Recent rescue efforts have resulted in an unprecedented explosion in the money supply. Unfortunately, liquidity on its own does little to boost demand and spur growth. The money needs to change hands to cause price pressure. The rate at which money is exchanged in the economy is referred to as the velocity of money (GDP/M2).

With low rates, ample currency and easy credit, money is expected to flow freely through the system and thereby, eventually, lead to some inflation. But the actual result is often much different. Businesses do not expand and invest if they do not feel their return prospects on those projects are insufficient to justify the outlay, no matter how cheap the credit. Likewise, an overleveraged middle-class consumer scared for their job and finances may not make discretionary purchases. They will either pay off debt or sock it away. And just like that, the circulation of that dollar is finished on the spot. So, the velocity of money is arguably vastly more important than the supply. If the liquidity is not moving around the system, the positive economic effect is questionable. We can save the debate on the Fed purchasing corporate bonds and exchange traded funds (ETFs) for another day.

The graph below shows the velocity of money (M2) from 2000 to present. Interestingly, the velocity of money did increase after the financial crisis with the Fed injecting record liquidity. Clearly, supply side monetary policy takes a long time to work, or rather might not work at all.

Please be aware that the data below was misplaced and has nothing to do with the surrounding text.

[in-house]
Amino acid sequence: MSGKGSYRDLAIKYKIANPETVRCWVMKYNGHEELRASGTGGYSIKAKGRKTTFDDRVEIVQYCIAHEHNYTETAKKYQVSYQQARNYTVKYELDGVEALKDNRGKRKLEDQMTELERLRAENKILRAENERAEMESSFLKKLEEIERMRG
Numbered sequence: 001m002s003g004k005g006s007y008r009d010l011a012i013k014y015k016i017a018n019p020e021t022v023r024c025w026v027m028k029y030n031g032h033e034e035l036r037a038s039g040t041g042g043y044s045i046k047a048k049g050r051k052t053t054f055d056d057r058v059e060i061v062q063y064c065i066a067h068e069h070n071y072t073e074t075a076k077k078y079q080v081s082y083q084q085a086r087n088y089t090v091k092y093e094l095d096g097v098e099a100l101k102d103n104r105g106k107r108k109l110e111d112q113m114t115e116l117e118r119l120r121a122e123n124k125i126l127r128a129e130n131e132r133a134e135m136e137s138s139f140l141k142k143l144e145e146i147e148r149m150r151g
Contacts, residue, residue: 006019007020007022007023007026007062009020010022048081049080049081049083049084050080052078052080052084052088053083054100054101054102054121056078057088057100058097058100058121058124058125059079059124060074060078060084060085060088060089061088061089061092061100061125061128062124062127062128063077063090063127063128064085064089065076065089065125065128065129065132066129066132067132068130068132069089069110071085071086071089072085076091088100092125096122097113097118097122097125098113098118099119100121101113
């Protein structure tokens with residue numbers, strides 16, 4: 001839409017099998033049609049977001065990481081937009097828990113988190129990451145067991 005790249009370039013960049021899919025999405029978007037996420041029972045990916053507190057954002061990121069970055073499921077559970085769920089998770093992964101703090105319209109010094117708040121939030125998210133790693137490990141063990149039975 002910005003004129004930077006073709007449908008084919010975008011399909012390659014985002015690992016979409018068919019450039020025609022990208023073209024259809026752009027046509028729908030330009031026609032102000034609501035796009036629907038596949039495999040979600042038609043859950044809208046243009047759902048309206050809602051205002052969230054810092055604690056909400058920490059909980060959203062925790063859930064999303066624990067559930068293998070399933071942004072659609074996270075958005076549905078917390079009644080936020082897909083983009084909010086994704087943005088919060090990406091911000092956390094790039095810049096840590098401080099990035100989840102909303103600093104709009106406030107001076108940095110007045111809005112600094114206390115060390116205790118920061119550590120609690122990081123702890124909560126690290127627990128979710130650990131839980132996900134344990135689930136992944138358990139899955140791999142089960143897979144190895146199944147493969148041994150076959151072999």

Source: Federal Reserve

The velocity of money has plummeted since the pandemic. With the economy shut down and a rocky reopening thus far, less cash has changed hands (as evidenced by the coin shortage). This should rebound as we dig out of the current crisis and will be something to watch closely.

Parting thoughts

What does that all mean for your balance sheet and portfolio? The Fed has made it clear that it will be erring on the conservative side when contemplating future tightening to monetary policy. The Fed’s dot plot recently showed all committee members project the Fed Funds rate to remain pegged at zero through 2022. Additionally, a New York Fed survey of primary dealers in July 2020‡ found that they don’t expect the Fed to raise interest rates until 2024.

The Federal Reserve in all its facets is the smartest financial body in the world, with a reserve currency at its disposal, comprised of people like you and me who have real needs, real problems and real goals. There are a lot of questions about this change in inflation policy, and certainly many more questions than answers right now. It is no doubt concerning that the Fed has given themselves ample leeway to continue to juice the system over the short to medium term. However, this policy change also reflects that they realize their systems and policies are imperfect and are willing to adjust for the best economic outcomes as those situations and dynamics reveal themselves.

From the pen of former Alliance Bernstein chief economist, Joseph Carson: “A critical review of the pros and cons inflation targeting will have to wait for the next crisis. It usually takes three crises before policymakers realize something is fundamentally wrong with their framework.” Time will tell whether this is the case.